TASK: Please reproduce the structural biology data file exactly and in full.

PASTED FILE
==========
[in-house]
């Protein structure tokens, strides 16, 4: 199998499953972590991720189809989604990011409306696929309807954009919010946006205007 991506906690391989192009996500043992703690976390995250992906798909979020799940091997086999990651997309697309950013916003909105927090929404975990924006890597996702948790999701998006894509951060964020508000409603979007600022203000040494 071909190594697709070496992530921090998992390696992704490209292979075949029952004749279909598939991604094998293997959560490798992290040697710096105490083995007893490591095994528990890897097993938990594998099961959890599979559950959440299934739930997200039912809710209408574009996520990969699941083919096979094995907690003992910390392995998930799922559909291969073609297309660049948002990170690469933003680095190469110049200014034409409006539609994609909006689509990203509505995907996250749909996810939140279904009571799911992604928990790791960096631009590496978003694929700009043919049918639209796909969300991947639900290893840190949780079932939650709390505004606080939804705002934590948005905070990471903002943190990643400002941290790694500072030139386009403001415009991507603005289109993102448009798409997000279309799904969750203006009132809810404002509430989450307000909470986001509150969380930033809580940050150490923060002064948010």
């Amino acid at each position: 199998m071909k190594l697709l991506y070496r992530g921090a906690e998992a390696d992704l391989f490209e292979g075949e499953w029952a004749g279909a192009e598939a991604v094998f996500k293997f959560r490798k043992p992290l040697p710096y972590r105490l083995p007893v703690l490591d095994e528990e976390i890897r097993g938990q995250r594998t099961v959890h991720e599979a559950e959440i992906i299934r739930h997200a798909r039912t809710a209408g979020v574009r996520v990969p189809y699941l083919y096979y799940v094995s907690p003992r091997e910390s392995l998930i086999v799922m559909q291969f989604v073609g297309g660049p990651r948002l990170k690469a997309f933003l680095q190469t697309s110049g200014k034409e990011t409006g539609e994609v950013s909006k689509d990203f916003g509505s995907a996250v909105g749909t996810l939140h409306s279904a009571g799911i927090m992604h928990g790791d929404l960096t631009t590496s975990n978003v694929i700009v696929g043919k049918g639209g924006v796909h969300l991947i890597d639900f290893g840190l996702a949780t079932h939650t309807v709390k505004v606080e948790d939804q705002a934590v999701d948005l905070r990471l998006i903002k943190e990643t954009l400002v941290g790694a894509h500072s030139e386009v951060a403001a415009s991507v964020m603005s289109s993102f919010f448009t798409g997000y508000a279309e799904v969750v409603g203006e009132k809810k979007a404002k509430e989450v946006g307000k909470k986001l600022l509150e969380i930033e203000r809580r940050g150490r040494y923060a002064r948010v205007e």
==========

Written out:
[in-house]
């Protein structure tokens, strides 16, 4: 199998499953972590991720189809989604990011409306696929309807954009919010946006205007 991506906690391989192009996500043992703690976390995250992906798909979020799940091997086999990651997309697309950013916003909105927090929404975990924006890597996702948790999701998006894509951060964020508000409603979007600022203000040494 071909190594697709070496992530921090998992390696992704490209292979075949029952004749279909598939991604094998293997959560490798992290040697710096105490083995007893490591095994528990890897097993938990594998099961959890599979559950959440299934739930997200039912809710209408574009996520990969699941083919096979094995907690003992910390392995998930799922559909291969073609297309660049948002990170690469933003680095190469110049200014034409409006539609994609909006689509990203509505995907996250749909996810939140279904009571799911992604928990790791960096631009590496978003694929700009043919049918639209796909969300991947639900290893840190949780079932939650709390505004606080939804705002934590948005905070990471903002943190990643400002941290790694500072030139386009403001415009991507603005289109993102448009798409997000279309799904969750203006009132809810404002509430989450307000909470986001509150969380930033809580940050150490923060002064948010």
């Amino acid at each position: 199998m071909k190594l697709l991506y070496r992530g921090a906690e998992a390696d992704l391989f490209e292979g075949e499953w029952a004749g279909a192009e598939a991604v094998f996500k293997f959560r490798k043992p992290l040697p710096y972590r105490l083995p007893v703690l490591d095994e528990e976390i890897r097993g938990q995250r594998t099961v959890h991720e599979a559950e959440i992906i299934r739930h997200a798909r039912t809710a209408g979020v574009r996520v990969p189809y699941l083919y096979y799940v094995s907690p003992r091997e910390s392995l998930i086999v799922m559909q291969f989604v073609g297309g660049p990651r948002l990170k690469a997309f933003l680095q190469t697309s110049g200014k034409e990011t409006g539609e994609v950013s909006k689509d990203f916003g509505s995907a996250v909105g749909t996810l939140h409306s279904a009571g799911i927090m992604h928990g790791d929404l960096t631009t590496s975990n978003v694929i700009v696929g043919k049918g639209g924006v796909h969300l991947i890597d639900f290893g840190l996702a949780t079932h939650t309807v709390k505004v606080e948790d939804q705002a934590v999701d948005l905070r990471l998006i903002k943190e990643t954009l400002v941290g790694a894509h500072s030139e386009v951060a403001a415009s991507v964020m603005s289109s993102f919010f448009t798409g997000y508000a279309e799904v969750v409603g203006e009132k809810k979007a404002k509430e989450v946006g307000k909470k986001l600022l509150e969380i930033e203000r809580r940050g150490r040494y923060a002064r948010v205007e």